Russia's space agency is planning to move training for space missions to the International Space Station (ISS) to abandoned facilities in Crimea, a senior agency official said, potentially forcing the United States to send astronauts to the territory annexed by Russia last year.
Since Washington does not recognize Russian ownership of Crimea, the move risks undermining Russia-U.S. cooperation in space.
Cosmonauts have practiced emergency landing and survival scenarios in Crimea since the early days of the Soviet space program, using the peninsula's mountains, plains and surrounding Black Sea for a variety of training exercises. In 2007, Roscosmos, the Russian space agency, moved those portions of the training program back to the main training center in Zvyozdny Gorodok ("Star City") outside Moscow.
But after Russia's annexation of Crimea from Ukraine in March last year, Roscosmos is eying a return to the region in 2016.
Yury Lonchakov, a Roscosmos official and head of Russia's cosmonaut training center, told the TASS news agency on Friday that “there is a plan next year to move ocean [survival] training to Crimea.”
The U.S. Embassy in Moscow did not respond to a request for comment on how the U.S. Government would respond to such a move. NASA's chief official in Russia, Sean Fuller, told The Moscow Times he was unaware of any notification from Roscosmos that it was being considered.
Asked how a Crimean training program would affect the agency's partnership with NASA, Roscosmos spokesman Mikhail Fadeyev told The Moscow Times, “the issue is being studied, and all decisions will be announced later.”
Global Training Effort
The Russian Soyuz spacecraft is currently the only means of reaching the ISS, and foreign astronauts must complete a Russian-designed and led training regiment to fly in the spacecraft.
Astronauts from NASA, as well as the European and Japanese space agencies, join their Russian colleagues in a global training program that spans from Zvyozdny Gorodok to Houston, Texas. But much of the training takes place in Russia under Roscosmos' tutelage.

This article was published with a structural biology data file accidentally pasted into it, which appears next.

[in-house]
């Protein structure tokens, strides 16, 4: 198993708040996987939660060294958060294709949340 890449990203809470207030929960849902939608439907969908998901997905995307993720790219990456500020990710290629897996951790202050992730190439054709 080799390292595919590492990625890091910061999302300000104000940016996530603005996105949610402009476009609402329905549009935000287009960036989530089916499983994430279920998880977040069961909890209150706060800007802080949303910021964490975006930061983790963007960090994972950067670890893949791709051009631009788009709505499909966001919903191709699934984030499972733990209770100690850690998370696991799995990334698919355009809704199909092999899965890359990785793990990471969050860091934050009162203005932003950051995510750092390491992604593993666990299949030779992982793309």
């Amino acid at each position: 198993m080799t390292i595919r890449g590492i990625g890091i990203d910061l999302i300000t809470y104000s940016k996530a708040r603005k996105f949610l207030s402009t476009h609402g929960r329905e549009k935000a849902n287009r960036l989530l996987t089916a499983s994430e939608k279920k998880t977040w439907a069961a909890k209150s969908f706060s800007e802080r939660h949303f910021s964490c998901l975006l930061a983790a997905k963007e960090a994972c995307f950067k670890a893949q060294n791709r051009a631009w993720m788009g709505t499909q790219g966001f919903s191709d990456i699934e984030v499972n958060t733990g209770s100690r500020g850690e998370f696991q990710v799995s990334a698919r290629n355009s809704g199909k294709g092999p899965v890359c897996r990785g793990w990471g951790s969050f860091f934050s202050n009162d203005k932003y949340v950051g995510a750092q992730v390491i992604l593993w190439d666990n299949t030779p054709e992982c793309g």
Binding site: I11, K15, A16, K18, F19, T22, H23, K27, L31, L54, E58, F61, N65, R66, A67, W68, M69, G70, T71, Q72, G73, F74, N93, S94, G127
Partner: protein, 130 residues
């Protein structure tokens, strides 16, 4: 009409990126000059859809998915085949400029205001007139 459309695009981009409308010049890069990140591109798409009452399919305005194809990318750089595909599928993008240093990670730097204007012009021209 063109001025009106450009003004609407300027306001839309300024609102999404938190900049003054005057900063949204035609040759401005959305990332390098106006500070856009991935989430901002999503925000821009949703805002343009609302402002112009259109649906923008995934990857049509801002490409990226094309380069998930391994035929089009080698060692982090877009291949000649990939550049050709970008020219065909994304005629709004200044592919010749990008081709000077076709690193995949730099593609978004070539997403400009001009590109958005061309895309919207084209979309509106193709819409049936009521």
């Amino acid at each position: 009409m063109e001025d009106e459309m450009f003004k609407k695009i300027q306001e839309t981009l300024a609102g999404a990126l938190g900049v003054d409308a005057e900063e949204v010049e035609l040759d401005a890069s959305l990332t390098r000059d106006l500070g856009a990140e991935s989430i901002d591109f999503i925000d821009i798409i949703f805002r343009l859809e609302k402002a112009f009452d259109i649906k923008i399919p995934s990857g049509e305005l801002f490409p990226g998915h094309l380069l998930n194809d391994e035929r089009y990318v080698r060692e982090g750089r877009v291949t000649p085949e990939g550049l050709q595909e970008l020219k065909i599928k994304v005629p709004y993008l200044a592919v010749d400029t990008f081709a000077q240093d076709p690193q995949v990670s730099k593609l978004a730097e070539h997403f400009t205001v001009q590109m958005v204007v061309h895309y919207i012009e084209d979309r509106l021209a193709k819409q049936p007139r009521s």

NASA astronauts are government employees, and were Roscosmos to send an international crew to Crimea for training, it could force the U.S. space agency to choose between losing certification for its personnel to fly aboard Russian Soyuz spacecraft or giving tacit recognition to Russia's jurisdiction over the region.
NASA pays around $75 million per seat on Russian rockets under a contract set to expire in 2017. There is no other means of reaching the $150-billion space station, which NASA pays an annual $3 billion to operate.
The U.S. space agency is working with private firms in the U.S. to develop a homegrown alternative transport to the Russian Soyuz, but these replacements will not be ready to fly until late 2017 or 2018.
Perfect Training Ground
The issue of moving cosmonaut training to Crimea has popped up several times since Russia seized the peninsula last year. Lonchakov said on Friday that no action had been taken because the facilities in Crimea were not fit for use, but work to upgrade them was under way.
“During the last year we looked at the training conditions [in Crimea] and had discussions with the Black Sea Fleet Command and authorities in Sevastopol, [but] this year we are not yet ready,” he said.
Russian cosmonaut candidates who joined the ranks in 2010 and 2012 are already using the region to conduct training exercises, news agency TASS cited an unidentified source at the Yury Gagarin Cosmonaut Training Center as saying last week. The cosmonauts taking part in this training are not part of any international crews.
Lonchakov said the peninsula's importance as a training center would only expand.
“We really like the conditions in Crimea, they are similar to real ones [that Soyuz crews would face in emergency landings]. … We are working on this and plan to conduct all kinds of training in Crimea,” he said.